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Old 07.10.2011, 12:21
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Unsolicited Opinions

I have noticed lately that ever since I got here, I have been given opinions about things that I never really asked for. Example: I asked a co-worker where I could find cheddar cheese locally and I got a "why would you want cheddar cheese" attached to the answer. When I first arrived I asked where the closest McDonalds was and I got a "Why would you want to eat that junk." I wanted to know what the best theater for seeing the new Harry Potter in English was and I got a response of "I am tired of American rubbish for movies." Where I come from, if someone asked me where a place was, I would tell them and not feel like I needed to pass judgement. I do notice that people on the forum do that as well. You get a lot of "why would you want to do that" attached to the beginning of an answer. Is this a Swiss thing? Why can't people either answer the question or say they don't know. Why add your opinion?
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Old 07.10.2011, 12:27
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Re: Unsolicited Opinions

Why would you want to know why, when the question what is much better?

It's not a Swiss thing. It's a personal thing. I also get angry with answers that come filled with passive-aggressive opinions, but they might be shot by foreigners as well as Swiss. It's a personality trait.

But, as one of my favourite writers said:

"I always pass on good advice. It is the only thing to do with it. It is never of any use to oneself."
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Old 07.10.2011, 12:42
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Re: Unsolicited Opinions

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I have noticed lately that ever since I got here, I have been given opinions about things that I never really asked for. Example: I asked a co-worker where I could find cheddar cheese locally and I got a "why would you want cheddar cheese" attached to the answer. When I first arrived I asked where the closest McDonalds was and I got a "Why would you want to eat that junk." I wanted to know what the best theater for seeing the new Harry Potter in English was and I got a response of "I am tired of American rubbish for movies." Where I come from, if someone asked me where a place was, I would tell them and not feel like I needed to pass judgement. I do notice that people on the forum do that as well. You get a lot of "why would you want to do that" attached to the beginning of an answer. Is this a Swiss thing? Why can't people either answer the question or say they don't know. Why add your opinion?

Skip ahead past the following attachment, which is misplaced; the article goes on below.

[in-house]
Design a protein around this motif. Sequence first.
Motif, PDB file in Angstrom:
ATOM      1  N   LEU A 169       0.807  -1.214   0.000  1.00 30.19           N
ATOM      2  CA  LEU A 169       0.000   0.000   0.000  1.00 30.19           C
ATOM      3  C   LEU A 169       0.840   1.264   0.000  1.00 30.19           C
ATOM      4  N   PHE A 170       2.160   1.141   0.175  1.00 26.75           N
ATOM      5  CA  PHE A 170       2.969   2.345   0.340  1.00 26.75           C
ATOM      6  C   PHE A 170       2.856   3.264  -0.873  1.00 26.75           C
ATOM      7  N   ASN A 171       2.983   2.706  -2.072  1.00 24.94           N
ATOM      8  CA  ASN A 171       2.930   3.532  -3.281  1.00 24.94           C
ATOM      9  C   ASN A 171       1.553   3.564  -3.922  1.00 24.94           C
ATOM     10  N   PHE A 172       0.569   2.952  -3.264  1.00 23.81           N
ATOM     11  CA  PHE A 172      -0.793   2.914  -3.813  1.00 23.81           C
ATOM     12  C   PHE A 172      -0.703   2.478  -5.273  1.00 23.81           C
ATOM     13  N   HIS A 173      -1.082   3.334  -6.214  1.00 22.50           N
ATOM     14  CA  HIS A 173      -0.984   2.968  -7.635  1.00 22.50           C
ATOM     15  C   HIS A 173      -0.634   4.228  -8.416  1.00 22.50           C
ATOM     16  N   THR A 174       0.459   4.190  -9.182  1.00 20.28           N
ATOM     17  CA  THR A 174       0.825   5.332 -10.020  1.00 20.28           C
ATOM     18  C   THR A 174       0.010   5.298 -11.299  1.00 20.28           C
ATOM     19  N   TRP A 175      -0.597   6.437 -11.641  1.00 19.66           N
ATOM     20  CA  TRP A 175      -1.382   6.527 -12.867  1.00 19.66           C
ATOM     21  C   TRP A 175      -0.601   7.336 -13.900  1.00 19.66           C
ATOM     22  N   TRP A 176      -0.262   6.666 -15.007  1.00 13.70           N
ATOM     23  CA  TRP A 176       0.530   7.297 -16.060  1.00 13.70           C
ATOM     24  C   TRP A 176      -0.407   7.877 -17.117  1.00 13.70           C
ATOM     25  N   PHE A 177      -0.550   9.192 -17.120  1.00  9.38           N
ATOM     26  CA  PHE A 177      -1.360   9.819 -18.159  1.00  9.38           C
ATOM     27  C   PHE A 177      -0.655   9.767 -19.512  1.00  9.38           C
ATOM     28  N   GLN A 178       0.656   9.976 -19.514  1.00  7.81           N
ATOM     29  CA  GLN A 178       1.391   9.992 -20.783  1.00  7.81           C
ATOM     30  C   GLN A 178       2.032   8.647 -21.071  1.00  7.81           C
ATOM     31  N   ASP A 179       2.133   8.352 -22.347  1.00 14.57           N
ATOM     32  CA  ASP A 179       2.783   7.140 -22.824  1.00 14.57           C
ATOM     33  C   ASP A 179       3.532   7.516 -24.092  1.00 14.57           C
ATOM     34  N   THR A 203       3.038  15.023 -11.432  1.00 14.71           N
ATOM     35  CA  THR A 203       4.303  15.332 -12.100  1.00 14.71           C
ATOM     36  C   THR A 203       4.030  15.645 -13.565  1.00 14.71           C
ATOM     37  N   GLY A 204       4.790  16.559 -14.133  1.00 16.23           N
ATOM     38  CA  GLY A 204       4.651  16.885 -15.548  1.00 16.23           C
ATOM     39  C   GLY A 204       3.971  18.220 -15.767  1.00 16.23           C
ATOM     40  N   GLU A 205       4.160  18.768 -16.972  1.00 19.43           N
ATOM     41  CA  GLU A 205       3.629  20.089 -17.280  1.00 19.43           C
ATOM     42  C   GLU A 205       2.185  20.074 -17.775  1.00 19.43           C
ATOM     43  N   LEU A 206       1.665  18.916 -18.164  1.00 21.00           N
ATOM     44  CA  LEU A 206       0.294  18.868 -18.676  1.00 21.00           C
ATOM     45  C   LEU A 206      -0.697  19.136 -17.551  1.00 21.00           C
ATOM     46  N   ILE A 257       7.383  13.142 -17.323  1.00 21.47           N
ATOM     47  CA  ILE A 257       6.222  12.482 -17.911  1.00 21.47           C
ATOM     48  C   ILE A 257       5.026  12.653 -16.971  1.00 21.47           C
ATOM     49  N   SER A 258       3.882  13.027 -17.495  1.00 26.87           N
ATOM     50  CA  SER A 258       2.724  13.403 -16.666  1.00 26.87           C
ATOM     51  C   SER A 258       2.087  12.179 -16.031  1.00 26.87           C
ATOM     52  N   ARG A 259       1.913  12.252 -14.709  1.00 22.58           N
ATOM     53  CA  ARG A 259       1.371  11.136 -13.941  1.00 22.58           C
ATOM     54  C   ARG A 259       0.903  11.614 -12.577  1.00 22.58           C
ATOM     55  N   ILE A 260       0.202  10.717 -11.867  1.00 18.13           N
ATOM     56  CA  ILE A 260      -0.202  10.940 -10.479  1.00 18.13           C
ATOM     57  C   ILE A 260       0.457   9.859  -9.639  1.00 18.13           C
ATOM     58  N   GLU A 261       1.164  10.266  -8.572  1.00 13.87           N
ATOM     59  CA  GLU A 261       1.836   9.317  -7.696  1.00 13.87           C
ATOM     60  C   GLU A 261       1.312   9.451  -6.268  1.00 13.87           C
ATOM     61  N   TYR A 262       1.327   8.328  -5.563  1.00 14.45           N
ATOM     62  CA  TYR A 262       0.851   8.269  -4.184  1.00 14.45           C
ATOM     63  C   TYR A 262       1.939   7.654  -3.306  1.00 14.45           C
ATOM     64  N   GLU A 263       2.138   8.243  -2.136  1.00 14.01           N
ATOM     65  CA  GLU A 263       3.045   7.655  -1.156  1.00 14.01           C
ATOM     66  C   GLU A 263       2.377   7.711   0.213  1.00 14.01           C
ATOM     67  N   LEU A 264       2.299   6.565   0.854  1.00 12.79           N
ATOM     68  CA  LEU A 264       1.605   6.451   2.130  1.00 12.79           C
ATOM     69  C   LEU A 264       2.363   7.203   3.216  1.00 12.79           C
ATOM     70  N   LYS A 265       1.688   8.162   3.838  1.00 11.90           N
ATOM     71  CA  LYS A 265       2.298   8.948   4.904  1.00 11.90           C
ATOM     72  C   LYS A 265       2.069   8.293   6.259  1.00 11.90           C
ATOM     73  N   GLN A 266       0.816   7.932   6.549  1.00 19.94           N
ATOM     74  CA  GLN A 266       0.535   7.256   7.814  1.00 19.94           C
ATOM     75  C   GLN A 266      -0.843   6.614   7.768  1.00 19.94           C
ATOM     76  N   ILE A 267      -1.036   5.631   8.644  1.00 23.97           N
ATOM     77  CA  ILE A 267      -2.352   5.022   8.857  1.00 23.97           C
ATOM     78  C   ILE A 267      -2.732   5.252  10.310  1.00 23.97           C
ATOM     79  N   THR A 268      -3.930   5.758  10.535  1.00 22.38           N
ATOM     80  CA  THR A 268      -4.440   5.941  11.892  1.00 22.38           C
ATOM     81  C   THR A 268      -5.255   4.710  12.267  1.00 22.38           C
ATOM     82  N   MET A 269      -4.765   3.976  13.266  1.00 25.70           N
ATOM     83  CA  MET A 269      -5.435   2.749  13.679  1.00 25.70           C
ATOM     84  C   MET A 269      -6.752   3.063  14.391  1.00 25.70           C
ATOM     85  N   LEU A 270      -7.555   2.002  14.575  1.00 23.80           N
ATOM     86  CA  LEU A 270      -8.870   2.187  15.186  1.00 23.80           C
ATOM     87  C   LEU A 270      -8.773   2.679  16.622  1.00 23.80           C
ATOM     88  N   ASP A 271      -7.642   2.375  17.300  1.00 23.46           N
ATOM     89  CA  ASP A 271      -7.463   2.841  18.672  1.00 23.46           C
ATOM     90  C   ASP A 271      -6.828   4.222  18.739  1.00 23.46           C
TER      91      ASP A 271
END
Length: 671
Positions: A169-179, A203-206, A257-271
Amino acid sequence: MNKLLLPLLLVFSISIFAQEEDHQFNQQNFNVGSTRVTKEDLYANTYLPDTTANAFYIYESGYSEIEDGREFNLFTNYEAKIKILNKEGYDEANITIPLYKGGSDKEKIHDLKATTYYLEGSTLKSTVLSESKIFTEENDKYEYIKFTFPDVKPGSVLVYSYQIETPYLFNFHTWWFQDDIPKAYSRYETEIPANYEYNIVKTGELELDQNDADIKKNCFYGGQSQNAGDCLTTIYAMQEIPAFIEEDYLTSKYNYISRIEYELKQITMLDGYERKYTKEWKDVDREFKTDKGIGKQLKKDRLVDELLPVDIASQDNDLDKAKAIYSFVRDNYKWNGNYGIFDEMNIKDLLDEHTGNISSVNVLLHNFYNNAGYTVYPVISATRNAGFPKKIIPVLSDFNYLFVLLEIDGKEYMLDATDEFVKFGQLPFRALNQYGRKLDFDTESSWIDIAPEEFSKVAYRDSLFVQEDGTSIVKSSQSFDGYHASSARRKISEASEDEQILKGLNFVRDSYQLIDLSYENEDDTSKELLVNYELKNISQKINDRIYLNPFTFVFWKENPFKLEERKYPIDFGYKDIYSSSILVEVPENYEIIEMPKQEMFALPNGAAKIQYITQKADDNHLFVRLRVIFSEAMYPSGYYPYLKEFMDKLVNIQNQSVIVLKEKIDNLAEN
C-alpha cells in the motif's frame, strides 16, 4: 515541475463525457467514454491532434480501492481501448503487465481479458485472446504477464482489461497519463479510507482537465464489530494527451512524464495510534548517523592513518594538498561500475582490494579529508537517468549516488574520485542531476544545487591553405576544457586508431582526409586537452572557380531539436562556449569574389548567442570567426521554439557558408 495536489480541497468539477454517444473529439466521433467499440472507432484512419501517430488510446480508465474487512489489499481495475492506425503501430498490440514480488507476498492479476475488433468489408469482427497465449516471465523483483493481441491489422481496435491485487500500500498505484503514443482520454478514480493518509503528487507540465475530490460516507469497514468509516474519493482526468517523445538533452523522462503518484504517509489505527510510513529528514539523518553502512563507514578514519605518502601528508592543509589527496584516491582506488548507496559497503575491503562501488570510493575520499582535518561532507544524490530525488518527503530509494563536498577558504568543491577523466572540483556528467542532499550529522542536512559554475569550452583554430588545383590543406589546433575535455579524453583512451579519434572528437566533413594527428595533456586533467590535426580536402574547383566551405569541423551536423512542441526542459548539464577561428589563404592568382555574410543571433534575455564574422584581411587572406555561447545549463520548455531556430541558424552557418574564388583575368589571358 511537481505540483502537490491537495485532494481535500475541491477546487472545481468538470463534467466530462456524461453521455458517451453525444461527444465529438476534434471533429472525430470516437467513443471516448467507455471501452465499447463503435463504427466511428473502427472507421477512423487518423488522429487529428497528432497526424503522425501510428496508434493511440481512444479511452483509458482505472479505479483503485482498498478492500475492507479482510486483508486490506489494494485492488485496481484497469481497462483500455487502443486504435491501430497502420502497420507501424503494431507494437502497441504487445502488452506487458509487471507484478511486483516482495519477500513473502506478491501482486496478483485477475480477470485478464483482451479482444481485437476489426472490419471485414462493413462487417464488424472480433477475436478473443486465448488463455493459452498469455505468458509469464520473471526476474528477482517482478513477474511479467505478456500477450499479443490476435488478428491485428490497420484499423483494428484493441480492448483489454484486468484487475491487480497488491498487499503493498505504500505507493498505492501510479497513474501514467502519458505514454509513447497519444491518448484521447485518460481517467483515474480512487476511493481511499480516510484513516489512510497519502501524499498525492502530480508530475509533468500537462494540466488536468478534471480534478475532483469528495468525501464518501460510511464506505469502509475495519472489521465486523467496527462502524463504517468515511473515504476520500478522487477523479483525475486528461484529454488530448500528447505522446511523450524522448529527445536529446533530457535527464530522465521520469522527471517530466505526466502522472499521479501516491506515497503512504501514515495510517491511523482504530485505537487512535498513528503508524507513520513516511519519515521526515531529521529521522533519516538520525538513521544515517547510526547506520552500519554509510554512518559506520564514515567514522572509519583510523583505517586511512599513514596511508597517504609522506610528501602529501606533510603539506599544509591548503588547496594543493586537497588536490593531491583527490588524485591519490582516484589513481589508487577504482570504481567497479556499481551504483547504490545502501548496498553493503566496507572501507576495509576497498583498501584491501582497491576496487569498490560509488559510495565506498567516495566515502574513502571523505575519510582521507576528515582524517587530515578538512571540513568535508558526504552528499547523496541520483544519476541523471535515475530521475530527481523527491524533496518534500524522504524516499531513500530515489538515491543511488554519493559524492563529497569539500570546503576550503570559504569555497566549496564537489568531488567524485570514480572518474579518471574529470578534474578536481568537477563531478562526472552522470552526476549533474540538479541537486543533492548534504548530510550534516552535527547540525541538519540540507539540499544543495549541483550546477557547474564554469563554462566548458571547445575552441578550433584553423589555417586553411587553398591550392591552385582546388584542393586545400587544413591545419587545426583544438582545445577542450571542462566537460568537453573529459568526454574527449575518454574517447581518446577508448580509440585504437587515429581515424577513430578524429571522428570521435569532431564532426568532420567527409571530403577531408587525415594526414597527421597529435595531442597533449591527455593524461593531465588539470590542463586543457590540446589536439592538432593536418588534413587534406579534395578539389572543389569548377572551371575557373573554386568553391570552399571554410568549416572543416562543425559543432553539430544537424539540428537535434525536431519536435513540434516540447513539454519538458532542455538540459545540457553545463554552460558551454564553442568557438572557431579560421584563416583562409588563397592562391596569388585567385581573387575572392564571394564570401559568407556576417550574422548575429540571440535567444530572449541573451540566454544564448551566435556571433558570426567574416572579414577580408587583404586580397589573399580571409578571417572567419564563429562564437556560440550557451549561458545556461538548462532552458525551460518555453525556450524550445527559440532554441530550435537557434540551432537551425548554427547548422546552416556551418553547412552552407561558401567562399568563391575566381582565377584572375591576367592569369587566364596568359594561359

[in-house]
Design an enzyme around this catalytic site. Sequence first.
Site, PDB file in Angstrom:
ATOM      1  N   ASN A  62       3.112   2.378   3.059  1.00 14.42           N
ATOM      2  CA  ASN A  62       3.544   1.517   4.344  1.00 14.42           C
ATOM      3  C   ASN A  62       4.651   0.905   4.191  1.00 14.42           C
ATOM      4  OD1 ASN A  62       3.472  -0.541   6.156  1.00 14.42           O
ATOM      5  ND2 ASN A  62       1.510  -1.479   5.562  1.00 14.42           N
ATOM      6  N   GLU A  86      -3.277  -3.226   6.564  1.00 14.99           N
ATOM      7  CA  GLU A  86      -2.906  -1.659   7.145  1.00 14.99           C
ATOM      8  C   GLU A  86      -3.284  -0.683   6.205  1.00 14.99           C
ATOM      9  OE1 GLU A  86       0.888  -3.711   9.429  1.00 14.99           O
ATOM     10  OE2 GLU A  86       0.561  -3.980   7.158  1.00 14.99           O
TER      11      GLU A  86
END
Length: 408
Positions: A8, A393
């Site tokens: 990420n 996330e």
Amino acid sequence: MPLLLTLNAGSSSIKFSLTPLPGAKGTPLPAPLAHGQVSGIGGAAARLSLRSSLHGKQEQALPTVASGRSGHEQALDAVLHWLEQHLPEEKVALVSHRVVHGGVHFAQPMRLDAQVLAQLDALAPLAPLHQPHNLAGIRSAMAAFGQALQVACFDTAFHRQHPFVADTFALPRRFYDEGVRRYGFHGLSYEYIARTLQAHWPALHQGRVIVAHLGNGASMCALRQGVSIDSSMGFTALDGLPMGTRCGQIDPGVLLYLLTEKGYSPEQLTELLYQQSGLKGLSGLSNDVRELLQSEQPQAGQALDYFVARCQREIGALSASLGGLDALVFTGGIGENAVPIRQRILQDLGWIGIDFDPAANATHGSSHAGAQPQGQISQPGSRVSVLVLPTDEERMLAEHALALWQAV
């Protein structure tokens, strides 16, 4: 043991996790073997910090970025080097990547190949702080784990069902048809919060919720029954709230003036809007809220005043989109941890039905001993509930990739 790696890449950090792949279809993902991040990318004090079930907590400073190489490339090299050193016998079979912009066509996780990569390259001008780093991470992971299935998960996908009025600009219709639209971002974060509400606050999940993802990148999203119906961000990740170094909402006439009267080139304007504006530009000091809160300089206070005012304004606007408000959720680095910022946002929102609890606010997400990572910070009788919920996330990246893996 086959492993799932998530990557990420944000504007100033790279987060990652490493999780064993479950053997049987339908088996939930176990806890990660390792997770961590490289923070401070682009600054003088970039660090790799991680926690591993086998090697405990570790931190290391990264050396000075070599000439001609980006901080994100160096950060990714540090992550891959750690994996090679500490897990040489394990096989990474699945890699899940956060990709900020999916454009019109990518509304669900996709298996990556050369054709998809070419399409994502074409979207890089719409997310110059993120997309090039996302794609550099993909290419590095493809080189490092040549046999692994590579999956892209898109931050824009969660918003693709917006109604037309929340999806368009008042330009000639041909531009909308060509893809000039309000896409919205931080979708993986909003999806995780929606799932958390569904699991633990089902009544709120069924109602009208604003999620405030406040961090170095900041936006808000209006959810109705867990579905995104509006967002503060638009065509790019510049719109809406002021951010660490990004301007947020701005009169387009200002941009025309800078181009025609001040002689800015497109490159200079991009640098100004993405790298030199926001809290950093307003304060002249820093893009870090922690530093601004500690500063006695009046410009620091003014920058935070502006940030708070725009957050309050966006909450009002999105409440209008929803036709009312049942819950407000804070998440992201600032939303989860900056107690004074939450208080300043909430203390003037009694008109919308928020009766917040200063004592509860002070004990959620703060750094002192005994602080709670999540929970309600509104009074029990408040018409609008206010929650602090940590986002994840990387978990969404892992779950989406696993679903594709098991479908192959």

It's one of those 'welcome to Switzerland' things. Funny thing is I have received advice for the last 17 years, I never took any notice. I doubt Steve Jobs would have listened either.
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Old 07.10.2011, 12:49
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Re: Unsolicited Opinions

I actually love it when it happens on the forum because it livens up a debate.
I agree with Helm that it is not a Swiss thing.
In real life I have one filter for it: 1) Is it trite rubbish (as in all of the OP's examples), then I just ignore it or 2) Could this person enlighten me in any way? Then I don't mind it.
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Old 07.10.2011, 12:57
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Re: Unsolicited Opinions